As you keep at this, there will be a sense that your awareness settles in, and then you try and maintain that, watch over it. Again, your mindfulness and alertness have to be active all the time as you’re doing this. The mindfulness keeps reminding you: This is where you want to stay. Be on the lookout to watch out for any thoughts that want to pull away, the ones that say: “Enough of that, what’s next?” Well, it’s not enough yet. If it really were enough, you’d have no more defilements, and that would be the end of the problem. You haven’t reached that stage yet. You need more concentration. So any thoughts that complain about this, you have to recognize them for what they are—disturbances—and you can’t identify with them.

What you’re doing here is that you’re shifting the balance of power inside, and giving more priority to this stillness. In the past, the priority was given to thought fabrication, and all the public relations work that thought fabrication does about itself, about how wonderful and useful it is, and how much you learn, and how much you get entertainment this way, and all the other voices in the mind that cheer you on in that direction. But now you’re saying: No, the mind needs a place to settle in; it needs a place to rest. If it’s going to gain any strength, if it’s going to understand itself at all, it’s got to be willing to stay here for a while. So give it a place where it can settle in and feel nice and snug.

Notice where the breath energy feels good inside the body, where there’s a sense of fullness that you can maintain even as you’re breathing out. It’s not like you’re filling up when you breathe in and then squeezing things out when you breathe out. You want to maintain the fullness even as the breath energy goes out. You don’t have to push or squeeze anything out. What has to go out will go out. You don’t have to expel it. Then you find that, over time, it’s as if you’re charging your battery. The energy builds, builds, builds, but it builds in a quiet and nourishing way, not in a tense and overstuffed way. That’s the quality you’re looking for.

So be careful not to let the metaphors and ideas that come from the words get in the way of having a sense of what really does feel good to settle in with, and what you can stay with for a long period of time. When we get the mind to settle down, it’s not as if we’re clamping down on it. And when we talk about the mind being wide open and free, that doesn’t mean it’s just going to wander around the meadow. It’s centered, but on the edge there’s no sense of clamping down. It’s got a solid center but a wide-open periphery.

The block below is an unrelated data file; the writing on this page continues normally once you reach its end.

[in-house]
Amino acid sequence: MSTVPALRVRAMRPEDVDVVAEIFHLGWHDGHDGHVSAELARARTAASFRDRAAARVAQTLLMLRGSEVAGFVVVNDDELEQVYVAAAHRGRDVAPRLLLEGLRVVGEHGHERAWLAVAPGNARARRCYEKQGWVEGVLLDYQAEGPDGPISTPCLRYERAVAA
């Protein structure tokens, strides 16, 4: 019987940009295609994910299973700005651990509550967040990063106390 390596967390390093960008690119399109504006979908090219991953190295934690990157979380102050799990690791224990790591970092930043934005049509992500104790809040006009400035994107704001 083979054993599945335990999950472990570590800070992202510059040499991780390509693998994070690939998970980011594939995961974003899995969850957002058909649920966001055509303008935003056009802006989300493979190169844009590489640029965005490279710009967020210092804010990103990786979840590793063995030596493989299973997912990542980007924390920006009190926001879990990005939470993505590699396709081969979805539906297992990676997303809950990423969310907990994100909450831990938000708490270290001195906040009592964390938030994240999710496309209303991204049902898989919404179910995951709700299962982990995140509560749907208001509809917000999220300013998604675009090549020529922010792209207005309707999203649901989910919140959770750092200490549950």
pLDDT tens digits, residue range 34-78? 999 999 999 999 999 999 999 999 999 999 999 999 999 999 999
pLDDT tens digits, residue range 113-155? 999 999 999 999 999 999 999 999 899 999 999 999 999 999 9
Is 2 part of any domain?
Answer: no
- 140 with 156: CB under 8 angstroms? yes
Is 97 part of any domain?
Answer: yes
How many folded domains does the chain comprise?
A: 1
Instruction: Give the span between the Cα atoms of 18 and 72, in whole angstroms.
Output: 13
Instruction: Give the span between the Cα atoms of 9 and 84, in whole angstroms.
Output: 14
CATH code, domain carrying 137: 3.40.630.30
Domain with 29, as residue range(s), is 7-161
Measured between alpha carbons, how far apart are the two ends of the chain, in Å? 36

As for whatever discussion there is in the mind, again, whatever aggregates there are about perception or feeling, have them circle around the meditation to protect it. In the beginning, you will have to think about what you’re doing. That’s what the directed thought and evaluation are for. Even when those are dropped, there will be an element of intention that circles around the quietness, circles around the stillness to protect it.

So there will be some activity in the mind to begin with, circling around and looking for any cracks in the walls. Like that image the Buddha has of the gatekeeper who walks around the fortress to make sure there are no other ways of entry or exit from the fortress aside from the one main gate: You don’t want your thoughts slipping off to the past, you don’t want them slipping off to the future, down to the ravine, up to the mountain. You don’t want them to go anywhere right now. Just let them circle around right here. Think of them as planets circling around the Sun, or the electromagnetic field circling around the Earth, protecting it from the Sun’s energies.

For the time being, the whole rest of the world can go away. Think of that phrase in the formula for establishing mindfulness: putting aside greed and distress with reference to the world. Any thoughts that refer to the world in any way at all, just drop them, drop them, drop them, cut them off and bring them back in. That way you find the strength that comes when everything does gather together.

In Thailand they like to use the image of thread. If you have individual threads scattered around, they have no strength at all. But if you weave them into a cloth, you can do lots of things with a cloth, and the threads get a lot stronger and a lot harder to rip. So you want to weave everything together here in the mind. All your thoughts and perceptions and feelings: Weave them together around the breath here. Allow the mind some time to be itself, not to take on any outside burdens, and to develop the strength that it can develop only when it’s allowed to be still.